Many parents find that they just can't get everything done they want to do because of conflicting priorities that come up with raising children. Although my kids are grown now, I definitely remember the days when there were conflicting priorities, which of course change as our families grow. We feel like we need more time in the day, and don't know where to get it. By the time the kids are in bed and you do have time, you are too tired to get to those priorities that got put on the back burner.
There are all sorts of time management articles written, that give you tips and tricks that are effective. The key of course is to implement what resonates with you.
A very simple solution I implemented many years ago, to give myself more time, was starting my day at 5 am. I had been resisting that idea for years, not being a morning person, and it took some time to adjust my internal clock, however, it is one of the best things I have implemented to get things done that were causing that stress. It is quiet, uninterrupted time that doesn't take you away from family or other business responsibilities and sets you up for the day feeling like you have accomplished so much before you even have breakfast. You are not tired out from the day, you do not beat yourself up because you finished the day too tired to do these tasks, and you get far more done with no interruptions.
The other important key is to keep the commitments you make to yourself. We wear many hats and have lots of priorities. We have careers, family obligations, personal fitness, etc. If you don't have a plan you follow to allocate your time, time does tend to get away from you. The best way I have found around that is use a daytimer, schedule every single thing that is a priority, and stick to my plan. If life happens to get in the way and you don't get to something, take the personal responsibility to reschedule it and don't let it fall through the cracks.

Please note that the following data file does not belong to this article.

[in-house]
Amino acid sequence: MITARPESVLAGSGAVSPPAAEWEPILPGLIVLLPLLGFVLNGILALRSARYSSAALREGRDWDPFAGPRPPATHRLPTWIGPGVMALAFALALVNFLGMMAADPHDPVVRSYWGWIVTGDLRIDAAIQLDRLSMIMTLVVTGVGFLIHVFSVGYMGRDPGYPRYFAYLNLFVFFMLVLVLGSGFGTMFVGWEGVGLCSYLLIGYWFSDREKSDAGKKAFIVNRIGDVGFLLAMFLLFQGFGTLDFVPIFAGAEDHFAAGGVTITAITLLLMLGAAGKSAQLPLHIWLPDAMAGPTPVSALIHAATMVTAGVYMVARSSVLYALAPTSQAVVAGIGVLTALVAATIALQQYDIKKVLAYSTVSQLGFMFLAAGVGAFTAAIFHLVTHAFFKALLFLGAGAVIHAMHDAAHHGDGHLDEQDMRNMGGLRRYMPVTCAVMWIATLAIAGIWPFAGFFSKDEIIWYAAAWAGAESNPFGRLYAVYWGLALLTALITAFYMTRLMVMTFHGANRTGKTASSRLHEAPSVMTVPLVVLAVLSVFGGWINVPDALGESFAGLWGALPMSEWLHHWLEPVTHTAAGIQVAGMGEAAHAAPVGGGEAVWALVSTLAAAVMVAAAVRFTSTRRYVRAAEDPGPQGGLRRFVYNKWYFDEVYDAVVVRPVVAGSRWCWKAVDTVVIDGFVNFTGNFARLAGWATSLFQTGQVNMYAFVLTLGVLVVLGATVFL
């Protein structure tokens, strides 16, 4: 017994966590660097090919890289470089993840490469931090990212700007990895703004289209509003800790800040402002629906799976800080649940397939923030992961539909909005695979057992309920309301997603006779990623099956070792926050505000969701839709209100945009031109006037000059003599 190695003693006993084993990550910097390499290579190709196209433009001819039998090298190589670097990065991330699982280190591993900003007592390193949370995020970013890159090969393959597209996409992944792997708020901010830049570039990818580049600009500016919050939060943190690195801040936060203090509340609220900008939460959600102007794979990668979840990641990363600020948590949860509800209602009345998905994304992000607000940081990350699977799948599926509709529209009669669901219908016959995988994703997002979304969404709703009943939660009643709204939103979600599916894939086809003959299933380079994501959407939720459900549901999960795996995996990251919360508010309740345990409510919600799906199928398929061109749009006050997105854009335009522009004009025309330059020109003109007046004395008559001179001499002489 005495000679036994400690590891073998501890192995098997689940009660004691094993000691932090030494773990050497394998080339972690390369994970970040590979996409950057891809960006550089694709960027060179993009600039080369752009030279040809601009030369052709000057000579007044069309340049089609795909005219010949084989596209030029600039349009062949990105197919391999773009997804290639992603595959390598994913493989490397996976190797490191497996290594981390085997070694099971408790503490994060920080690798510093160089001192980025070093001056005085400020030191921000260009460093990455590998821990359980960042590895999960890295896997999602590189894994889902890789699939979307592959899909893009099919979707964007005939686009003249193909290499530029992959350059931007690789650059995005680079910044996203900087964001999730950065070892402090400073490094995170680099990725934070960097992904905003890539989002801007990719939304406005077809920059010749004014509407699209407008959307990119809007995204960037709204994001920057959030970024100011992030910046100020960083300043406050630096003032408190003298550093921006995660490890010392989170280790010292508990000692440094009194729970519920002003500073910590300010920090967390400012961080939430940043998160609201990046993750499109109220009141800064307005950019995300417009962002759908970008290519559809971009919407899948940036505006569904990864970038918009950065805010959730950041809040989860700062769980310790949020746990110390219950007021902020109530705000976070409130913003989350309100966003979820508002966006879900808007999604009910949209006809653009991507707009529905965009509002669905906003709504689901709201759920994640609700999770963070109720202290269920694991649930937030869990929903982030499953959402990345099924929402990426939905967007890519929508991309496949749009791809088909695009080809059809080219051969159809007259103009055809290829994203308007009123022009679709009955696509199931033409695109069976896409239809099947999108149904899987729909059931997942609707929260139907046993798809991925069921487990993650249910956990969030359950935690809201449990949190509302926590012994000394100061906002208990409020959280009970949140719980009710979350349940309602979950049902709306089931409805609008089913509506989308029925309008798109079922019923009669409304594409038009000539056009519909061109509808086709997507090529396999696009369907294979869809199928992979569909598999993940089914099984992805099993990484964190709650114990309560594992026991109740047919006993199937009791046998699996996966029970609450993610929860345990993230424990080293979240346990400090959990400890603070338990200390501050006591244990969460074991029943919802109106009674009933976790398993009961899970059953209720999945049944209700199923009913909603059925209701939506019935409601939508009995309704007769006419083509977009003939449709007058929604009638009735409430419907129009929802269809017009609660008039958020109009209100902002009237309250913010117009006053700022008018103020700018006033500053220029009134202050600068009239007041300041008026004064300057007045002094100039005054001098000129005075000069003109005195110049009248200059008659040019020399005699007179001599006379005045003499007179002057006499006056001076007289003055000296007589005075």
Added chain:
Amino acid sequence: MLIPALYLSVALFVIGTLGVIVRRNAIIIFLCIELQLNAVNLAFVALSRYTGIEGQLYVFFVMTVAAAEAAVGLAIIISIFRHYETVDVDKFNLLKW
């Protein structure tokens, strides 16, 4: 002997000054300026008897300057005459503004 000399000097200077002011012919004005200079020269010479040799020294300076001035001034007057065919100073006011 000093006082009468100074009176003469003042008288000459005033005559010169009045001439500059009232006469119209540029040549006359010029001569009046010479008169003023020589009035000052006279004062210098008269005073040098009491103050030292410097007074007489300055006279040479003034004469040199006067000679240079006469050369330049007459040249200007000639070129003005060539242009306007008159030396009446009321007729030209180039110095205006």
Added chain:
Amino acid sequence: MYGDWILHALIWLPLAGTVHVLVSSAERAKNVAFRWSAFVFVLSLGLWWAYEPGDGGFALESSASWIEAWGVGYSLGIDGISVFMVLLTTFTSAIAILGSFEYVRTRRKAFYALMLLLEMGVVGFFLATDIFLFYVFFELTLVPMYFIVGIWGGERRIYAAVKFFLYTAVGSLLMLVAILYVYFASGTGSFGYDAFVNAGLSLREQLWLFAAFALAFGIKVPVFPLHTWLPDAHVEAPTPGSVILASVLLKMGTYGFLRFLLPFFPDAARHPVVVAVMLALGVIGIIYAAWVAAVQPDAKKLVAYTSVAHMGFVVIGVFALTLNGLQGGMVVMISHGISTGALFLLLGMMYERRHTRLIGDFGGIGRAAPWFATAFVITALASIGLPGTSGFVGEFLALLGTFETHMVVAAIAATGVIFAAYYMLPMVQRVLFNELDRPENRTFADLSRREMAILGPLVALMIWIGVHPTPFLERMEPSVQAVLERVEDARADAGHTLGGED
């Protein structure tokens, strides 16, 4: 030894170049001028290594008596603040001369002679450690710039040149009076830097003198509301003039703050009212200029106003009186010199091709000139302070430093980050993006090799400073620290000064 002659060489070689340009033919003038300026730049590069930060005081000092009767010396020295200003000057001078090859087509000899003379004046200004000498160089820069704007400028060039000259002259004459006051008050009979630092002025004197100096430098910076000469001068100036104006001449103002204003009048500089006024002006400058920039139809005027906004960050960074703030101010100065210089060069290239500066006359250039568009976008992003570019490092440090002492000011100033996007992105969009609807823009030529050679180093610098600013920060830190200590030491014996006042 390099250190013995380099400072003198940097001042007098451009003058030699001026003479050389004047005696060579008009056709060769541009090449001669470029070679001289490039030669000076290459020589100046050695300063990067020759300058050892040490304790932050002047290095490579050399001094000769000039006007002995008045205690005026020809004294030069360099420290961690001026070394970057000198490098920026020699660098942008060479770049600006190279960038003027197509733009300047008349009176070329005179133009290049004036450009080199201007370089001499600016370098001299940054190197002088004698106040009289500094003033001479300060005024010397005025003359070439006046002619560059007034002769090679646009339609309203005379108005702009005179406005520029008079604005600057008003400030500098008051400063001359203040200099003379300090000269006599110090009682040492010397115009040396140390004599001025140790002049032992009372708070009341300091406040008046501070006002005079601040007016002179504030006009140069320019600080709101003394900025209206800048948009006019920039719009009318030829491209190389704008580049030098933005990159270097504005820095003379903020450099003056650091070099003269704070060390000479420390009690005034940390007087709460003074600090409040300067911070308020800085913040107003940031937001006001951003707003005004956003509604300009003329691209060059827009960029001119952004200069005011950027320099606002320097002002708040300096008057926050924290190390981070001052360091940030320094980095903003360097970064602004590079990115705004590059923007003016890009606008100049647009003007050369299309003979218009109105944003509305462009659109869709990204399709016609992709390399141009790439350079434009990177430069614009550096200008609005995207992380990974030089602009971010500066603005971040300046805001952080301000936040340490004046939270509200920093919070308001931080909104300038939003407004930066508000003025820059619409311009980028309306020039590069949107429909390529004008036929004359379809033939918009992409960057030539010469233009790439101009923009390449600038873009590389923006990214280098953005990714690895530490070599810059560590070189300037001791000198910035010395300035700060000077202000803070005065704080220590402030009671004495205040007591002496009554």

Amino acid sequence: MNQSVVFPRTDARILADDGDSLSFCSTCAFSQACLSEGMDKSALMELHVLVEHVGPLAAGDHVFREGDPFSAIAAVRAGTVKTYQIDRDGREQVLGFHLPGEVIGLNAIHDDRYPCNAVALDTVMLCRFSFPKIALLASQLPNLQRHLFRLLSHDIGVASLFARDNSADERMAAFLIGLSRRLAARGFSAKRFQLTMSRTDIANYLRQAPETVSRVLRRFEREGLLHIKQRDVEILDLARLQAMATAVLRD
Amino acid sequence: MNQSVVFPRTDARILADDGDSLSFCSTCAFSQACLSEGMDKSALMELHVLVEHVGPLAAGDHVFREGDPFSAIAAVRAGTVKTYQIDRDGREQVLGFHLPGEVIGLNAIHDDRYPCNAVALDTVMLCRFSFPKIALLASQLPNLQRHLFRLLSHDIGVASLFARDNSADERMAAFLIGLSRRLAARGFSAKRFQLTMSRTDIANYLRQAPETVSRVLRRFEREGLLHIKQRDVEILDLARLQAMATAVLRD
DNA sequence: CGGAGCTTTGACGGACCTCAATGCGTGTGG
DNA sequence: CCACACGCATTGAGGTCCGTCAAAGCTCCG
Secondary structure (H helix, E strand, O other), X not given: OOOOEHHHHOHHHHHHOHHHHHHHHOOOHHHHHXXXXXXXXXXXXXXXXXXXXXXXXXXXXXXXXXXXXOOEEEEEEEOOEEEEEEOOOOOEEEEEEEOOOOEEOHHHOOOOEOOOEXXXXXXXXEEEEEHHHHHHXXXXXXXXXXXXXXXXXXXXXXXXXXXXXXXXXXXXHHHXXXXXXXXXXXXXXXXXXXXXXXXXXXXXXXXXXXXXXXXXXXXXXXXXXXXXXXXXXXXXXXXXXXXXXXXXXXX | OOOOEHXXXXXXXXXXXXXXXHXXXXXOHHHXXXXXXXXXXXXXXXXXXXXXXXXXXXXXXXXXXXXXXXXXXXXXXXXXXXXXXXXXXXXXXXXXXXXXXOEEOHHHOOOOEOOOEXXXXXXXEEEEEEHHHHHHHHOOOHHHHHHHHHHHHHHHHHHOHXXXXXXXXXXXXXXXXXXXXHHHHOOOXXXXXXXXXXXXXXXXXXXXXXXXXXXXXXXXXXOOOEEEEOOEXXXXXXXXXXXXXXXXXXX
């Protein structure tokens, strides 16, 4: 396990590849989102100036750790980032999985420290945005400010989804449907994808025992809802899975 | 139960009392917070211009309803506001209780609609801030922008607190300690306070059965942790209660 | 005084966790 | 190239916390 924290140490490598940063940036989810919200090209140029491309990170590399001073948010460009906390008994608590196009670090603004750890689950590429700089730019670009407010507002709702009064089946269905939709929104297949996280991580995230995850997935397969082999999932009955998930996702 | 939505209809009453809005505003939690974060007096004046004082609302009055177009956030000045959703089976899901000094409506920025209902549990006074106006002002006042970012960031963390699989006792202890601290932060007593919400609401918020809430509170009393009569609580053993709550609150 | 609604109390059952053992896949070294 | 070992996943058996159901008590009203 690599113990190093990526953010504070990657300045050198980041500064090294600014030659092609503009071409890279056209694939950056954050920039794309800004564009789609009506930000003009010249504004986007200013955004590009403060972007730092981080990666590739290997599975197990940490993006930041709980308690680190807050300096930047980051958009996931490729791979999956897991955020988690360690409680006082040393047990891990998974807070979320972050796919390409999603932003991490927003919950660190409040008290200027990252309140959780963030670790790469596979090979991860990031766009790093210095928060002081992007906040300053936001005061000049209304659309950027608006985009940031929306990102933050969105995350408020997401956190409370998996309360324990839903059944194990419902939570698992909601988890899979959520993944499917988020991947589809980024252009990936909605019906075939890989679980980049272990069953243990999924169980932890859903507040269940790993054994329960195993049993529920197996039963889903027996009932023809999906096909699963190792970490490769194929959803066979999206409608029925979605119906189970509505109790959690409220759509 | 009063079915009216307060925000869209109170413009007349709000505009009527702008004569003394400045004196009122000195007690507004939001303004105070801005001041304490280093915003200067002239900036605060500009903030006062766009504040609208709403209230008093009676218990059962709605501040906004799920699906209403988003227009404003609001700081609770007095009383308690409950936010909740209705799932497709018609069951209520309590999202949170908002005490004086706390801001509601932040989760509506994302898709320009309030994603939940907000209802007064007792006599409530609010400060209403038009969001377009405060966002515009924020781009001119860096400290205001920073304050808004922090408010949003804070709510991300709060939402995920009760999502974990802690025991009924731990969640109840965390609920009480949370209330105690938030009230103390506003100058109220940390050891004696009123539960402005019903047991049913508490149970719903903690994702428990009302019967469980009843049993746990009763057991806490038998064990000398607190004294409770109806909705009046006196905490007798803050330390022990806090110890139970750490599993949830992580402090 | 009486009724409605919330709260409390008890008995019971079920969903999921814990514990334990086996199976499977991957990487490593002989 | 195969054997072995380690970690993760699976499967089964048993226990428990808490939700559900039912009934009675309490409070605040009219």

These are both very simple solutions but highly effective. Something else I have learned is to not overlook the simplicity of something...it is often where our solutions are found.
Last week we were receiving weather warnings for 24 hrs in advance of an upcoming storm the next day. 15 cm of snow and winds picking up to 50 km/hr. At 8 am, when people would be leaving for work commutes, the snow was already coming down hard and winds were picking up. It was clearly evident by simply looking outside, and checking the forecast, that no one should have been driving.
I spoke to an employee of a business out of town, and by 9:40 am, the employees in this business were all leaving to go back home, after being given "permission". How unfortunate that these people were not given the space to make a judgement call about the weather, and felt they had to risk the roads to go into work. How unfortunate that they were not confident enough in their own decisions. How unfortunate they chose to go in because they felt obligated and felt like they didn't have choice. There were several fatal accidents that morning. How unfortunate that those that lost their lives may have felt this way and were driving into a similar job.
These are precisely the type of things that lead to disengagement and dissatisfaction within an organization.
Why is it important to give employees the space to make good judgement calls?
-Builds trust - they will feel like doing more for a company that puts them first. They won't mind staying late for other projects down the road because they know the company appreciates them, and stands behind them.
-Builds confidence - they will perform better. When people are not given the space to make simple judgement calls, they lose confidence and this affects other areas of their performance. Build their confidence and they step into their own greatness and prove what they are capable of.
What did the snow day example demonstrate to employees?
-The decision makers couldn't make a simple judgement call before everyone risked their lives. This causes distrust.
-The company didn't truly care about their people. This causes resentment.
-Employees lives are not valued over profits. This causes disengagement and destroys company culture.
This is the reality of the message the employees feel in situations like this. They don't feel valued, they become disillusioned and distrust and resent the company.